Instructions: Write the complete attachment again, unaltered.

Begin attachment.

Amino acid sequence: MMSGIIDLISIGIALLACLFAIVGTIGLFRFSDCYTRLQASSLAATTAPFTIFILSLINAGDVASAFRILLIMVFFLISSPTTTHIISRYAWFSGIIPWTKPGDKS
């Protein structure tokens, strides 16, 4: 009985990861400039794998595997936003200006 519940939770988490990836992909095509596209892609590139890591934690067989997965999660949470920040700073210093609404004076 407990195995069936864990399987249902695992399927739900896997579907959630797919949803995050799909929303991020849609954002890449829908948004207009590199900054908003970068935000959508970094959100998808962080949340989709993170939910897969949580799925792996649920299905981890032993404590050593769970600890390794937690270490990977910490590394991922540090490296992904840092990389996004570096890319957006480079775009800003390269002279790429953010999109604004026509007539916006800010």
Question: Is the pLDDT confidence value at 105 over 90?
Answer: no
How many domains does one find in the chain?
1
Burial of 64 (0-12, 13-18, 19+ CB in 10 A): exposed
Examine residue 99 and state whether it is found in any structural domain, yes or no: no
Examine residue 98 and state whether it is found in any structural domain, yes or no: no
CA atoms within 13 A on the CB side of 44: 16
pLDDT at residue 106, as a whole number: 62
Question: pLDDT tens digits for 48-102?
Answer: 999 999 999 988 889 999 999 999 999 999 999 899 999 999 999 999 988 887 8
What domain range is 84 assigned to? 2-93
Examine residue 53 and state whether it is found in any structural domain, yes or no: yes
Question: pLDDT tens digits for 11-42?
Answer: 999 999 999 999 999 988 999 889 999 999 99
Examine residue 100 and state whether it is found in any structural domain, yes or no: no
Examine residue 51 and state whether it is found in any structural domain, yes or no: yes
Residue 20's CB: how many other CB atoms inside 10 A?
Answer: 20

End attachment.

Amino acid sequence: MMSGIIDLISIGIALLACLFAIVGTIGLFRFSDCYTRLQASSLAATTAPFTIFILSLINAGDVASAFRILLIMVFFLISSPTTTHIISRYAWFSGIIPWTKPGDKS
């Protein structure tokens, strides 16, 4: 009985990861400039794998595997936003200006 519940939770988490990836992909095509596209892609590139890591934690067989997965999660949470920040700073210093609404004076 407990195995069936864990399987249902695992399927739900896997579907959630797919949803995050799909929303991020849609954002890449829908948004207009590199900054908003970068935000959508970094959100998808962080949340989709993170939910897969949580799925792996649920299905981890032993404590050593769970600890390794937690270490990977910490590394991922540090490296992904840092990389996004570096890319957006480079775009800003390269002279790429953010999109604004026509007539916006800010």
Question: Is the pLDDT confidence value at 105 over 90?
Answer: no
How many domains does one find in the chain?
1
Burial of 64 (0-12, 13-18, 19+ CB in 10 A): exposed
Examine residue 99 and state whether it is found in any structural domain, yes or no: no
Examine residue 98 and state whether it is found in any structural domain, yes or no: no
CA atoms within 13 A on the CB side of 44: 16
pLDDT at residue 106, as a whole number: 62
Question: pLDDT tens digits for 48-102?
Answer: 999 999 999 988 889 999 999 999 999 999 999 899 999 999 999 999 988 887 8
What domain range is 84 assigned to? 2-93
Examine residue 53 and state whether it is found in any structural domain, yes or no: yes
Question: pLDDT tens digits for 11-42?
Answer: 999 999 999 999 999 988 999 889 999 999 99
Examine residue 100 and state whether it is found in any structural domain, yes or no: no
Examine residue 51 and state whether it is found in any structural domain, yes or no: yes
Residue 20's CB: how many other CB atoms inside 10 A?
Answer: 20